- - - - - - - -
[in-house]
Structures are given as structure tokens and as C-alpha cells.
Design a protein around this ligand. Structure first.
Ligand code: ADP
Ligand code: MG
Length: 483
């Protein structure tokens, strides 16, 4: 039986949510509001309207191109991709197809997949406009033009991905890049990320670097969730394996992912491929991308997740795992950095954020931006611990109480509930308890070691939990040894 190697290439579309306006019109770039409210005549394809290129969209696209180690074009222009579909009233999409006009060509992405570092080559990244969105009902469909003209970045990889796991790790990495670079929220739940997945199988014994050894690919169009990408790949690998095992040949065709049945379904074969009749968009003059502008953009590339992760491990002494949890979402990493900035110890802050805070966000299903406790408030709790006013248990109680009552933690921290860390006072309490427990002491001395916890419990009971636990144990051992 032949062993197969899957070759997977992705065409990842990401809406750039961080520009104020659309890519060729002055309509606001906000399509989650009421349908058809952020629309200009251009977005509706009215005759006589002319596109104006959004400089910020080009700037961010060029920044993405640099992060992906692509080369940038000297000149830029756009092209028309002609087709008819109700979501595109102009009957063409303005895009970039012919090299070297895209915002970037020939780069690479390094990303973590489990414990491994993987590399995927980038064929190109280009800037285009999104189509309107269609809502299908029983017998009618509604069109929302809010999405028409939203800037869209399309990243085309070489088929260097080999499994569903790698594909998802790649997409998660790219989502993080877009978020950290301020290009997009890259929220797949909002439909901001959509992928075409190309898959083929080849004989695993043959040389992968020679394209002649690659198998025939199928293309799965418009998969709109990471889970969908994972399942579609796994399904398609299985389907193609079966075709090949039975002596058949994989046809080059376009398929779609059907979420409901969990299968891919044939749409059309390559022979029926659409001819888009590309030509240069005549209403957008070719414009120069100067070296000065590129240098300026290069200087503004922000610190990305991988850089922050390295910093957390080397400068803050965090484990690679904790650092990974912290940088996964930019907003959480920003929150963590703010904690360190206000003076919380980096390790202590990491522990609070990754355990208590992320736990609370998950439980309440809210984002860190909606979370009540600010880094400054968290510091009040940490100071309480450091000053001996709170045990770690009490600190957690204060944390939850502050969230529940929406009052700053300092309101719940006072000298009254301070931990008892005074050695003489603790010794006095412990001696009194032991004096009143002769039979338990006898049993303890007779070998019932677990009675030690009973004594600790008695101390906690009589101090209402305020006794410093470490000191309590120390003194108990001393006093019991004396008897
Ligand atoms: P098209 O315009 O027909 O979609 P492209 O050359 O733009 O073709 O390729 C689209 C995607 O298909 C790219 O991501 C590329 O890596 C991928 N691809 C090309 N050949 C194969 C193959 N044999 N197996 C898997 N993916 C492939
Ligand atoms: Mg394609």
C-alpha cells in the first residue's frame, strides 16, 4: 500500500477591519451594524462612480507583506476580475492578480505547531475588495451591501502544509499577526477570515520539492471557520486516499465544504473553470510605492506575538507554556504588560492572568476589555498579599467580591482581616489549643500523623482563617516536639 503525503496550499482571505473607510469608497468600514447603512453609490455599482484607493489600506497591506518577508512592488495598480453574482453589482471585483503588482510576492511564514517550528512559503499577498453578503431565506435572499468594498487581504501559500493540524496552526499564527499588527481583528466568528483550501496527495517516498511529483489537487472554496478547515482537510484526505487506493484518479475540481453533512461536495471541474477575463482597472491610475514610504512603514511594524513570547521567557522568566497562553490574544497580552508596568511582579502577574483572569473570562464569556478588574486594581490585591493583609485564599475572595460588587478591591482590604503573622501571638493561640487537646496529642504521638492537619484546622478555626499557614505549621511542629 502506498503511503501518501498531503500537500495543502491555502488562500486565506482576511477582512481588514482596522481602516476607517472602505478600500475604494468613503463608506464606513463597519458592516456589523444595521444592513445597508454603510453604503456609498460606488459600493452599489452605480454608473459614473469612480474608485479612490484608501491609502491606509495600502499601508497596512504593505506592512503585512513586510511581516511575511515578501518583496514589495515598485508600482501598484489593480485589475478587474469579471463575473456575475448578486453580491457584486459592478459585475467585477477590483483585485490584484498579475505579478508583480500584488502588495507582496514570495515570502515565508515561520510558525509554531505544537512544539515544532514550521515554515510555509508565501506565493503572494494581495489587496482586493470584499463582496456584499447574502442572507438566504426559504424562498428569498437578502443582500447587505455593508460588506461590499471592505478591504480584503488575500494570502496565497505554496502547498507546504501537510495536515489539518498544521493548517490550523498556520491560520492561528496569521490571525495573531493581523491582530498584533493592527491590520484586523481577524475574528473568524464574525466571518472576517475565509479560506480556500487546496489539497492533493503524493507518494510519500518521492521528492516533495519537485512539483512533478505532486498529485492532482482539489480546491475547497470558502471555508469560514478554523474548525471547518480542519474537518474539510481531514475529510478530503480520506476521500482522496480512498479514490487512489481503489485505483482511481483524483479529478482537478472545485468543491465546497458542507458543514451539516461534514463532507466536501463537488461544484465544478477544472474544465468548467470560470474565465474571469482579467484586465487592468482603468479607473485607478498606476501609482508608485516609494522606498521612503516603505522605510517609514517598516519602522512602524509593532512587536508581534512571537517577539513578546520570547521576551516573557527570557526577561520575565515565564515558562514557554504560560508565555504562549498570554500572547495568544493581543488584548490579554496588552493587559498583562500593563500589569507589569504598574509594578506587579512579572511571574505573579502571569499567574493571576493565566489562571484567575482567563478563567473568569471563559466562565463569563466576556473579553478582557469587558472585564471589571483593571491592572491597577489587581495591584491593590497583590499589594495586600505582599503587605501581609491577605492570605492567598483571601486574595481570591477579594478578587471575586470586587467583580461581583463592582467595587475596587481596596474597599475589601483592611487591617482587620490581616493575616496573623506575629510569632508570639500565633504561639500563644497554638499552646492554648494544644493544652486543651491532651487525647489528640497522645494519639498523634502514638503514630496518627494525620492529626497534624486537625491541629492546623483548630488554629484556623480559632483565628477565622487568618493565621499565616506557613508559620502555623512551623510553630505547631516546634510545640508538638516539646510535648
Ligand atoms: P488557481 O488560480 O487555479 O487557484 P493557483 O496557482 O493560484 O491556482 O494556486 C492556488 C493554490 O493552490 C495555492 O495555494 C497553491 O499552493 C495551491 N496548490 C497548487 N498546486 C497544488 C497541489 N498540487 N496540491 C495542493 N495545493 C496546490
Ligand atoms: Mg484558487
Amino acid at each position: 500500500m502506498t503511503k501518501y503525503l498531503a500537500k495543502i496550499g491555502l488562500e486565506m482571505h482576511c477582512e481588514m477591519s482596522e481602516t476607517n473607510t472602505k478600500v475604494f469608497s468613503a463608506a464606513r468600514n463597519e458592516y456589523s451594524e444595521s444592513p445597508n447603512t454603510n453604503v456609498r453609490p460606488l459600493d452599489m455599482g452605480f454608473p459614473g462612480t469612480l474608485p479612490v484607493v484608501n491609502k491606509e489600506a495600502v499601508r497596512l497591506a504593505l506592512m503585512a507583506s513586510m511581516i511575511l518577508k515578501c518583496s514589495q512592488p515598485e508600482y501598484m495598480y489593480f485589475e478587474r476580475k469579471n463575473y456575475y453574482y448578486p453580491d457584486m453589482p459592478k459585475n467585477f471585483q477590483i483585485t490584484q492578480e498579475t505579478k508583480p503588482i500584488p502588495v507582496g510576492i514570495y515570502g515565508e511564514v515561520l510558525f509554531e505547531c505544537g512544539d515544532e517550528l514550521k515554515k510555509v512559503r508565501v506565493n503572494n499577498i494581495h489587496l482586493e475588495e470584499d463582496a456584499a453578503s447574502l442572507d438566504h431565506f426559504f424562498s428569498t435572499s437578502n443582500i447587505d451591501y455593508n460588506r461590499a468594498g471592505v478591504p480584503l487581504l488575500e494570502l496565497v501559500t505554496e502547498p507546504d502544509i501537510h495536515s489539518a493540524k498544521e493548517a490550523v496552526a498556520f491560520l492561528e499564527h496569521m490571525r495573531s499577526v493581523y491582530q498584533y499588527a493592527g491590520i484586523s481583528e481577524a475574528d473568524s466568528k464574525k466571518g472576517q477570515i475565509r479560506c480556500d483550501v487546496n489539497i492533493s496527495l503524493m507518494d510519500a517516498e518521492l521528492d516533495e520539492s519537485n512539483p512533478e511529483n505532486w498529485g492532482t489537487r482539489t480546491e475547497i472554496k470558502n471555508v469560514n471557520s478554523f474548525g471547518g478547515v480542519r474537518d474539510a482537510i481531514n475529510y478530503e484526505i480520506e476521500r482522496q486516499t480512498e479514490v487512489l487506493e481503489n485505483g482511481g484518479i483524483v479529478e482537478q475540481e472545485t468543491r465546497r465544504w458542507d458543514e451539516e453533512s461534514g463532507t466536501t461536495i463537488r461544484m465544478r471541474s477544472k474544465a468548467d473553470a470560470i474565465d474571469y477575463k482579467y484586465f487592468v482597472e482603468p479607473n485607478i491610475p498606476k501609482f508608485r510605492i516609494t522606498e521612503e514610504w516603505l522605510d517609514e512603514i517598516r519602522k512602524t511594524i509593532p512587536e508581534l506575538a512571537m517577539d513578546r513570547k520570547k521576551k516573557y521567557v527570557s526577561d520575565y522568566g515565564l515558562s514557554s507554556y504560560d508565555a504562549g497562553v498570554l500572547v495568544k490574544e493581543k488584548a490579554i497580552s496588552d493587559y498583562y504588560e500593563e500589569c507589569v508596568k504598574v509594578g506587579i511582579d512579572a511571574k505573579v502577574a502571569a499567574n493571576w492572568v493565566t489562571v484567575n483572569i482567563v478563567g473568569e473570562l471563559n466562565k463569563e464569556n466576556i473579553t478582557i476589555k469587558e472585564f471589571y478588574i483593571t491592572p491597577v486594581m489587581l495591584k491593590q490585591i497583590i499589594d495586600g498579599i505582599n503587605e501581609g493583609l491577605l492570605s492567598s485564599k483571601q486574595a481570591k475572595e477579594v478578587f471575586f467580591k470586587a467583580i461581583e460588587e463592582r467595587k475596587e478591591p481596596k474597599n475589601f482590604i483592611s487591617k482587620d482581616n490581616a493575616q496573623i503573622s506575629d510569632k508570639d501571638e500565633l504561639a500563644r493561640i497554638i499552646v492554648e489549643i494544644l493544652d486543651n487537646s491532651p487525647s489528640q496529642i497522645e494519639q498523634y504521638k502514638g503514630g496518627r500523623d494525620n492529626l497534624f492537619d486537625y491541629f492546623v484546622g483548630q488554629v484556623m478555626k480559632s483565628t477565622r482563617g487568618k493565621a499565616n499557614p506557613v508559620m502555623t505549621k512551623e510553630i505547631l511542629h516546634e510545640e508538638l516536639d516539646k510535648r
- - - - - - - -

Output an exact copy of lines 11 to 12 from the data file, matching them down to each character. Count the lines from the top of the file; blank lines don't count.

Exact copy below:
Ligand atoms: P488557481 O488560480 O487555479 O487557484 P493557483 O496557482 O493560484 O491556482 O494556486 C492556488 C493554490 O493552490 C495555492 O495555494 C497553491 O499552493 C495551491 N496548490 C497548487 N498546486 C497544488 C497541489 N498540487 N496540491 C495542493 N495545493 C496546490
Ligand atoms: Mg484558487